Is Brian McLaren a Christian?

by on May 15th, 2008

Many love Brian McLaren and his books. It comes across as a breath of fresh air to them. Most probably are simply aware of his name and that he is popular but beyond that don’t really know what he has to say. Some are wondering if he is a Christian though few would dare to answer that negatively. It just wouldn’t be good P.R. After all, he is promoted by Willow Creek Community Church, Saddleback Community Church, Christianity Today, Rob Bell and many other big names. I suppose in order to answer the question we would have to know what one’s definition of Christian is. If the definition is someone who was born in the United States, attended an Evangelical or Fundamentalist church and then went on to pastor an Evangelical church the answer would be yes. If the definition is someone who wants to call all people to social action, eliminate poverty, eliminate sickness, redistribute the wealth, and create a Utopia on earth in the name of God, then yes he is a Christian. If the definition is someone who has accepted the atoning sacrifice and physical resurrection of Christ it becomes more questionable. As Brett Kunkle points out in Essential Concerns Regarding the Emerging Church McLaren doesn’t know why Jesus died on the cross and floats out the option of that being an act of “divine child abuse.” McLaren writes:

“…a couple of weeks ago I realized that I don’t know why Jesus had to die.”

Quite a number of biblical teachings suffer at the interpretive tool McLaren calls his “framing story.” His “framing story” is essentially his worldview and his worldview has been shaped by many who in years past and even present would not be invited in to teach in the very Evangelical churches and institutions who have embraced McLaren. As I have read McLaren’s books I had the eerie feeling that I have read this stuff before. His latest book, Everything Must Change confirms my suspicions. The books is a rehash and attempted repackaging of liberal theologian and Jesus Seminar member John Dominic Crossan about whom we wrote our article The Hysterical Search for the Historical Jesus. McLaren also aligns with and draws from the grandfather of the Social Gospel, Walter Rauschenbusch, Socialist and Black Liberation Theologian Cornell West, Karl Marx and a number of others.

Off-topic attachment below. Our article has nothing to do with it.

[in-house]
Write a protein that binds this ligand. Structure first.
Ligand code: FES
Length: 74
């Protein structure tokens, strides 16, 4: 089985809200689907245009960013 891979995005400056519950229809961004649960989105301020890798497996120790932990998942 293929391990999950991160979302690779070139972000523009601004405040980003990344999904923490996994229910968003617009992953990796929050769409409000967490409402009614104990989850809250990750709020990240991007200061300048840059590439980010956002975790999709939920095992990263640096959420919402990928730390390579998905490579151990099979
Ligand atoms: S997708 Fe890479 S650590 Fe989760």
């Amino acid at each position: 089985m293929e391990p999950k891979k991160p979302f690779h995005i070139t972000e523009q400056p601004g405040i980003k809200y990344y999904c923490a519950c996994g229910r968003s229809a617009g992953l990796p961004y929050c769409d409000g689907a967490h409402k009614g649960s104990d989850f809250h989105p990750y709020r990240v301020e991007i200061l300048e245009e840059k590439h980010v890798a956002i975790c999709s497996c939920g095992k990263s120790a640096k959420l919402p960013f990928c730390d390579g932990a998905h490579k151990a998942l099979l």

The societal sins (with the exception of ecology) as determined by McLaren, follow very closely along the lines of Rauschenbusch and his Social Gospel.

As one reads McLaren’s book Everything Must Change we can begin to understand why his view of the atonement is so low or non-existent. The historical accounts of Genesis are rewritten from rebellion against God to something else. For Eve (and Gwen Shamblin would like this) the problem was overeating:

It’s interesting to note the importance of consumption in the biblical narrative. When the crisis of human evil is introduced in a passage beginning in Genesis 1:29 and ending in 2:20, forms of the words “eat” and “food” are used about twenty times. Consumption is closely linked with human evil. Adam and Eve live in harmony with creation in a garden, surrounded by food-bearing trees. But to be a human is to live within creaturely limits in God’s creation – reflected in self-restraint in regard to eating the fruit of “the knowledge of good and evil” (Genesis 2:17). If they break the limits represented by the fruit hanging on that tree, they will taste death (or as we said earlier, the will decompose).

Eve exceeds the limit, drawn to consume a fruit that “was good for food and was pleasing to the eye, and also desirable for gaining wisdom” (3:6). Adam joins her. As a result, an avalanche of alienation crashes into the human story – alienation from God, alienation from one another, alienation from oneself, and alienation from creation.(p. 209-210)

We always thought the problem in the account of Cain and Abel was that Abel offered the sacrifice which God required and was accepted while Cain’s sacrifice was rejected because it wasn’t the one which God required. We were wrong for as McLaren continues we find that for Adam and Eve’s offspring the problem was class envy and empire building: